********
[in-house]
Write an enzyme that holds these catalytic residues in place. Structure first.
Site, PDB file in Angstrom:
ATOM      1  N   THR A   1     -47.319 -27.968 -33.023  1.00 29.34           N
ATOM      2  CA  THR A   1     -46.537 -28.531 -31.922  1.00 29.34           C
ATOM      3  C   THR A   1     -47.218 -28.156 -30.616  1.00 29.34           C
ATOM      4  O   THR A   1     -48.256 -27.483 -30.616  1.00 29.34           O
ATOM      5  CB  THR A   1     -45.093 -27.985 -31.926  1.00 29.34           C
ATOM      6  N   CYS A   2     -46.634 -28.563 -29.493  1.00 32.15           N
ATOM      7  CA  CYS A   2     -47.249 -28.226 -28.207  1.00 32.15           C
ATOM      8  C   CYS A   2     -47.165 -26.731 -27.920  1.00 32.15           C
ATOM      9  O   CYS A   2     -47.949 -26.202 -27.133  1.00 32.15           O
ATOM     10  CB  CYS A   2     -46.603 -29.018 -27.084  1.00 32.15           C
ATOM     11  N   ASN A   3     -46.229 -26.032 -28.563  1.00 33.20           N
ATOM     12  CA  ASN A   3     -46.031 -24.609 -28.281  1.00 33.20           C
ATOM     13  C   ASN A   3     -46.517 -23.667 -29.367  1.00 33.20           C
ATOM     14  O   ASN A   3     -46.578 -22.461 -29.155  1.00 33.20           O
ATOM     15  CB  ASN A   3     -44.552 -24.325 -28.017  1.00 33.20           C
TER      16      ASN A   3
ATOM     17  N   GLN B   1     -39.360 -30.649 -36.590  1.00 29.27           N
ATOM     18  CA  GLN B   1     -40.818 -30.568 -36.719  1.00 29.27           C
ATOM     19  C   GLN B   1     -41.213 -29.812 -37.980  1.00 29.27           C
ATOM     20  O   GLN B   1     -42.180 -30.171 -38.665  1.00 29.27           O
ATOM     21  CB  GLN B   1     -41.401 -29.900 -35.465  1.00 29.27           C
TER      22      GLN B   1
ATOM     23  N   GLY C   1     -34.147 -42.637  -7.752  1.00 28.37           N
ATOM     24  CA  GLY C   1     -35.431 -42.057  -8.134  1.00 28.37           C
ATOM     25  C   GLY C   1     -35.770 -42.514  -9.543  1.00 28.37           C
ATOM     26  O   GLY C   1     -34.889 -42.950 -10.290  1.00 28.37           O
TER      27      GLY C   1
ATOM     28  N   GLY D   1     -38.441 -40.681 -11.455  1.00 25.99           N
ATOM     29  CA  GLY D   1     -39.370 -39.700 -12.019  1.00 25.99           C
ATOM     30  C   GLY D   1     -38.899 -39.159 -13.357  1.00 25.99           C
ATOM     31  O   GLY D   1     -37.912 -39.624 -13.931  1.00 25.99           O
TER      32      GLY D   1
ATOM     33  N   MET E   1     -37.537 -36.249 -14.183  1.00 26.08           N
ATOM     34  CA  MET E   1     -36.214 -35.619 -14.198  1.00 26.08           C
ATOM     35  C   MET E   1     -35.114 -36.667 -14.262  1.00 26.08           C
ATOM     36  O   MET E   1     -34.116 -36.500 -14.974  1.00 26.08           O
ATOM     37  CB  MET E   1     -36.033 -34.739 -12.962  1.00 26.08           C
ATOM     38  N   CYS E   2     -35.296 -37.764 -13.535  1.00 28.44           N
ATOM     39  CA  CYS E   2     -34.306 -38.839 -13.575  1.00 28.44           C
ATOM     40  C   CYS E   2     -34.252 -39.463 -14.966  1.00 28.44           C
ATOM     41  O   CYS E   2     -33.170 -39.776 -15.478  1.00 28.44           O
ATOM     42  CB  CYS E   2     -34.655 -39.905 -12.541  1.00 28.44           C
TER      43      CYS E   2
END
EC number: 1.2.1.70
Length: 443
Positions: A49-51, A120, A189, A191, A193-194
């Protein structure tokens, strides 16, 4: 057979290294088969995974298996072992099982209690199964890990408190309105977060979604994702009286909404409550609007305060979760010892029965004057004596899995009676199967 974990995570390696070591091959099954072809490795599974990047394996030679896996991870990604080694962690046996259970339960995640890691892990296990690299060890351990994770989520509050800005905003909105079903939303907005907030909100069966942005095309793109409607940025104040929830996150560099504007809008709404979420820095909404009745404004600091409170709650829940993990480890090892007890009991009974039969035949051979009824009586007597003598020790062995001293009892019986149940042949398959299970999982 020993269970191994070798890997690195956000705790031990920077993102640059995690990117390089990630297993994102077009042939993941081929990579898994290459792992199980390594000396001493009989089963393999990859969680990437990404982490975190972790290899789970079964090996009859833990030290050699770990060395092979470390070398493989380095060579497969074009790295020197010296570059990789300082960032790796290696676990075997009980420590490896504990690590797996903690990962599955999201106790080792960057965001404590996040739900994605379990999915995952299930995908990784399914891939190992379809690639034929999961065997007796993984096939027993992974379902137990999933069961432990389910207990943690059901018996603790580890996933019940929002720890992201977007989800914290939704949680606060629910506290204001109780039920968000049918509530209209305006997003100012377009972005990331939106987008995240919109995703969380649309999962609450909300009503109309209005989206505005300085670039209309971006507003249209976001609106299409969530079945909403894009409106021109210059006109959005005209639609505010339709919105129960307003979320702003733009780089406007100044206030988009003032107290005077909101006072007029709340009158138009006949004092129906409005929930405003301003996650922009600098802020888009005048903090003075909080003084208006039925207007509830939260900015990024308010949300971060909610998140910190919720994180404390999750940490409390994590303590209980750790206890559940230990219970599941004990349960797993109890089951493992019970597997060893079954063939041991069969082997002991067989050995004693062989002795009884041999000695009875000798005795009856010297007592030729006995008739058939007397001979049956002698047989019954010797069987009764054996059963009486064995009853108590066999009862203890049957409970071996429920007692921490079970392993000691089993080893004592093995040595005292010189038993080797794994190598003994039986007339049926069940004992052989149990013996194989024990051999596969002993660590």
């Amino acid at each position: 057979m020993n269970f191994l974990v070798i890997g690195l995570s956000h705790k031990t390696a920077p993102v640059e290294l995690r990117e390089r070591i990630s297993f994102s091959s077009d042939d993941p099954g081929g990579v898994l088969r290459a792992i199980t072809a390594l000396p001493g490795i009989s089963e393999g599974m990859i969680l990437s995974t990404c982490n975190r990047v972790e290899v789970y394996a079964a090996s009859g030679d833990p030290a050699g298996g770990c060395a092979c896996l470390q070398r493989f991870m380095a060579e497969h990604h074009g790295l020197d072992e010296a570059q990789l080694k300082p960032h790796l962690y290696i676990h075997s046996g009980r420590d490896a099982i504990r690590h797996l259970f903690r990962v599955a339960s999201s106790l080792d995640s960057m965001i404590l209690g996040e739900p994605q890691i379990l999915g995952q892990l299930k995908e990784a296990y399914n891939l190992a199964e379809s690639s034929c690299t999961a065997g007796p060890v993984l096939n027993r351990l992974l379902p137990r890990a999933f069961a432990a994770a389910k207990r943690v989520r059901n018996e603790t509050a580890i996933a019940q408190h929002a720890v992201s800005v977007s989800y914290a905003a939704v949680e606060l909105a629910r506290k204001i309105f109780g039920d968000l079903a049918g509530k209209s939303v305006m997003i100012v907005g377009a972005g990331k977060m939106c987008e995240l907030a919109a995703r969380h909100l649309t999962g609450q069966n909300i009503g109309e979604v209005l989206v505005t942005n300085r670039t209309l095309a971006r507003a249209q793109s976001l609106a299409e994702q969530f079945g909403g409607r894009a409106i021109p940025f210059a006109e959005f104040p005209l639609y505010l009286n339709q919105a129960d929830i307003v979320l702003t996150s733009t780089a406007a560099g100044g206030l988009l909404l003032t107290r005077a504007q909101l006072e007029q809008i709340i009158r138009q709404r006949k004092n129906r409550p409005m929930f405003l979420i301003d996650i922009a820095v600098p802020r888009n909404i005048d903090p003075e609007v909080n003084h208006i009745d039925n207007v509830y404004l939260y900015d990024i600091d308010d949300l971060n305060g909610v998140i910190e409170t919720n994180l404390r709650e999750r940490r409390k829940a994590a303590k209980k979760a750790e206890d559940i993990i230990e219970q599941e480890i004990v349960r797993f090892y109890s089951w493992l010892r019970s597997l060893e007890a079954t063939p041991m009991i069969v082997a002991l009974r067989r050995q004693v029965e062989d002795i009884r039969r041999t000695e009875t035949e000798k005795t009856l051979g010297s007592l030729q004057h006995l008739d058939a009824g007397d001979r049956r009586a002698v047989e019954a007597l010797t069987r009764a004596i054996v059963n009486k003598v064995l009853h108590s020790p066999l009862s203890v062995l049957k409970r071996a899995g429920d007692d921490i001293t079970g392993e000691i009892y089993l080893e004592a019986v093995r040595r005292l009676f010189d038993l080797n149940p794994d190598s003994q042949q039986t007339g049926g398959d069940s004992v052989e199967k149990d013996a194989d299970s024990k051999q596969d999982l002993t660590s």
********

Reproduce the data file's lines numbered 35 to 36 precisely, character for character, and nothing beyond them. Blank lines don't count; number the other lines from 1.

TER      32      GLY D   1
ATOM     33  N   MET E   1     -37.537 -36.249 -14.183  1.00 26.08           N